Why study sociology at UBC’s Okanagan campus?
Build a broad foundation with a globally recognized UBC degree. Career options range from public policy analyst, to social worker, social statistician, lawyer, youth worker, demographer, and media analyst.
Access to professors
Visit your prof during office hours or volunteer to assist with a research project on globalization, Canadian society, social inequality, or social control—just some of the topics renowned UBC faculty researchers are exploring.
Learn how to apply historical analysis, participant observation, surveys, and field experiments to better serve global social justice. Choose to be part of real change by sharing in the Faculty’s vision of an alternative world that is not only possible but also desirable.
Put your classroom learning to the test with Co-op job placements throughout the region and beyond. Co-op helps you to gain beneficial skills such as how to build your resumé, apply for jobs, expand your professional network and earn money to pay for tuition.
Get your UBC degree in sociology, the study of human behaviour as it’s shaped by society and the effect it has on the social contexts in which we all live. Examples of such contexts include informal groups, families, classrooms, cities, work organizations, transnational cultures, and societies.
Sociologists use a variety of research methods such as historical analysis, participant observation, surveys, and field and laboratory experiments. The department of sociology at UBC Okanagan is committed to a sociological imagination that challenges students to apply their theoretical and analytical skills to exploring, understanding, and exposing how power, privilege, and inequality are controlled, secured and expressed by the few for the domination of the many.
Graduates of the sociology program may go on to work in diverse fields that require an understanding of the constructed nature of social life and use well-developed abilities to think, reason, write, and research.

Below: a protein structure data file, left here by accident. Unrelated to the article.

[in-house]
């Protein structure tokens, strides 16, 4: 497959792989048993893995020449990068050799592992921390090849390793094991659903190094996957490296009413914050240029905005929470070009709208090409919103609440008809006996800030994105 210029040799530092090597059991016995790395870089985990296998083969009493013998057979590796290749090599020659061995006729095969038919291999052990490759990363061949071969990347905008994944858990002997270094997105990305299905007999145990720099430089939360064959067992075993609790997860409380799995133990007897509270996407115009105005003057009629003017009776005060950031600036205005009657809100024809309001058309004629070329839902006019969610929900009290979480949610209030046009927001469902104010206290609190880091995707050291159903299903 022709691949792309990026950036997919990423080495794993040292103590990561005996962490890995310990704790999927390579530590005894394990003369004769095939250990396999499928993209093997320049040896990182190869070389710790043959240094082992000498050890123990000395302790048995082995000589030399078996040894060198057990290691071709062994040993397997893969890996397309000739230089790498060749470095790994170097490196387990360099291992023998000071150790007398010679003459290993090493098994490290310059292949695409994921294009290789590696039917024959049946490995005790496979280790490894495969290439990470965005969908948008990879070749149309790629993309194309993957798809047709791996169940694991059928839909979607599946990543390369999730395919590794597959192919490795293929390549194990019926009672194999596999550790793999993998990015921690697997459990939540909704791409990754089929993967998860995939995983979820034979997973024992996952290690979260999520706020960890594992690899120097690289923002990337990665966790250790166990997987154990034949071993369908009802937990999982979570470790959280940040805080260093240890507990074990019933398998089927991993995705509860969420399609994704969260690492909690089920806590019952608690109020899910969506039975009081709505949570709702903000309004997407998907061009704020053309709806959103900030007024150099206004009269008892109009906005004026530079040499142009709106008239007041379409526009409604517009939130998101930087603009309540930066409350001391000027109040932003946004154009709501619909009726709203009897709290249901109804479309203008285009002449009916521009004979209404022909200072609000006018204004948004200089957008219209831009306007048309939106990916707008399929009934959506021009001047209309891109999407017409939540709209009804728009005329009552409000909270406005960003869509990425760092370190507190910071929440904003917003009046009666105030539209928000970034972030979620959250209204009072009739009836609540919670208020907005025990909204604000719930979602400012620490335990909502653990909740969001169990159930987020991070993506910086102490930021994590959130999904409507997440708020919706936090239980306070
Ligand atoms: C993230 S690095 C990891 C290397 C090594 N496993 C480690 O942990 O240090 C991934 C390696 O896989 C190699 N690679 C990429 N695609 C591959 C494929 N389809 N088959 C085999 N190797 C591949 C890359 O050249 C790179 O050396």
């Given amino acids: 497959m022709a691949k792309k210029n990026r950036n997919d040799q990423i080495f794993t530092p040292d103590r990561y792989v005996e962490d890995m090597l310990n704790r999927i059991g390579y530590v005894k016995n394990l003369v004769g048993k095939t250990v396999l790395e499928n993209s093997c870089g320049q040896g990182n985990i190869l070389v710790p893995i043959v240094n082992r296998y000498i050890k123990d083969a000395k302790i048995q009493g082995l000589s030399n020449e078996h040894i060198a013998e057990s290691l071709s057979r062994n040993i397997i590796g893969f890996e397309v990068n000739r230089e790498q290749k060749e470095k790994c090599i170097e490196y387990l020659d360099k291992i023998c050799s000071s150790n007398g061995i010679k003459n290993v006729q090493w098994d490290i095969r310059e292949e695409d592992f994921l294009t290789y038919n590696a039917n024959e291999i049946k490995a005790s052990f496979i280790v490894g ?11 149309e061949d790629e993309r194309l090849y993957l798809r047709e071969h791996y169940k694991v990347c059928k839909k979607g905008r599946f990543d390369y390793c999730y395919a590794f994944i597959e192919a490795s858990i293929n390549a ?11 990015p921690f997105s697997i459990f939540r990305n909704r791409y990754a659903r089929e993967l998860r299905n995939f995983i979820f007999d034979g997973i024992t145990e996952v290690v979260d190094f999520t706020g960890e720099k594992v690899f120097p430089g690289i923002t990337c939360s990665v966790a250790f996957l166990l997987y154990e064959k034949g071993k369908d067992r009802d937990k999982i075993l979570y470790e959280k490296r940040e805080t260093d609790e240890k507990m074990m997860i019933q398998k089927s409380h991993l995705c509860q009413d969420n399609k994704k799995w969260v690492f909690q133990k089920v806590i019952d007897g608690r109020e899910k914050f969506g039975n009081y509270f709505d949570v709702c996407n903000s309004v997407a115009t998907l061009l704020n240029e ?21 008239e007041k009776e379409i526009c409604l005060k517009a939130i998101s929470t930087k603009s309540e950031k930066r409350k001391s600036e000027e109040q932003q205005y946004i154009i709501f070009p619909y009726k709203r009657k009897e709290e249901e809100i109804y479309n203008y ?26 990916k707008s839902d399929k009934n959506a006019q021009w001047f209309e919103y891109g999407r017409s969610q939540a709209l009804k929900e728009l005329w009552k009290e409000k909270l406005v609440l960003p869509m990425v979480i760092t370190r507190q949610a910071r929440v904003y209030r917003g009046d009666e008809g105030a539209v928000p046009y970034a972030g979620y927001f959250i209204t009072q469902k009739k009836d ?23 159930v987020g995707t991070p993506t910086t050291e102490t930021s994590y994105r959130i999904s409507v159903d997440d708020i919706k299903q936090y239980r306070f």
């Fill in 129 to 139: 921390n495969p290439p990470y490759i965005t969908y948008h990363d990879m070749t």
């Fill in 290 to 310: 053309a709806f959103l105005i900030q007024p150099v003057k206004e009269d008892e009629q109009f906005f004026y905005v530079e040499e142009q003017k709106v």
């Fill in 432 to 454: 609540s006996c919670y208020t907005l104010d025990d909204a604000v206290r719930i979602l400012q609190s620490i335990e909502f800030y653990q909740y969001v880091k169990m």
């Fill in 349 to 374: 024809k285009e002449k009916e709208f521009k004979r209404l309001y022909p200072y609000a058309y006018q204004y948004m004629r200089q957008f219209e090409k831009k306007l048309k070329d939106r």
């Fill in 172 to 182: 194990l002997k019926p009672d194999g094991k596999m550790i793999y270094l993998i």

In sociology undergraduate studies at UBC Okanagan, you can complete either a Bachelor of Arts (BA) major or minor in sociology.
UBC Okanagan’s sociology program offers a wide variety of foundational and advanced courses that cover Canadian social issues, race and ethnicity, media and society, sociology of gender, crime and society, and the sociology of Latin America, China and India.
- SOCI 212 – Sociology of Race and Ethnicity
- SOCI 216 – Introduction to Sociology of Gender
- SOCI 249 – Crime and Society
- SOCI 426 – Urban Sociology
- SOCI 432 – Sociology of Fear
Browse sociology courses and descriptions.
The following links take you to sociology program details in the Okanagan Academic Calendar, a comprehensive guide to all programs, courses, services, and academic policies at The University of British Columbia.
Bachelor of Arts (BA)
Learn about graduate studies in sociology.
Visit the sociology homepage within the Irving K. Barber School of Arts and Sciences.
British Columbia High School Requirements
- English 12 or English 12 First Peoples
- Three other approved grade 12 courses
- A language 12 other than English 12 is recommended for students applying to the bachelor of arts degrees. If you do not have a grade 12 language course, you must take a language as part of your degree program.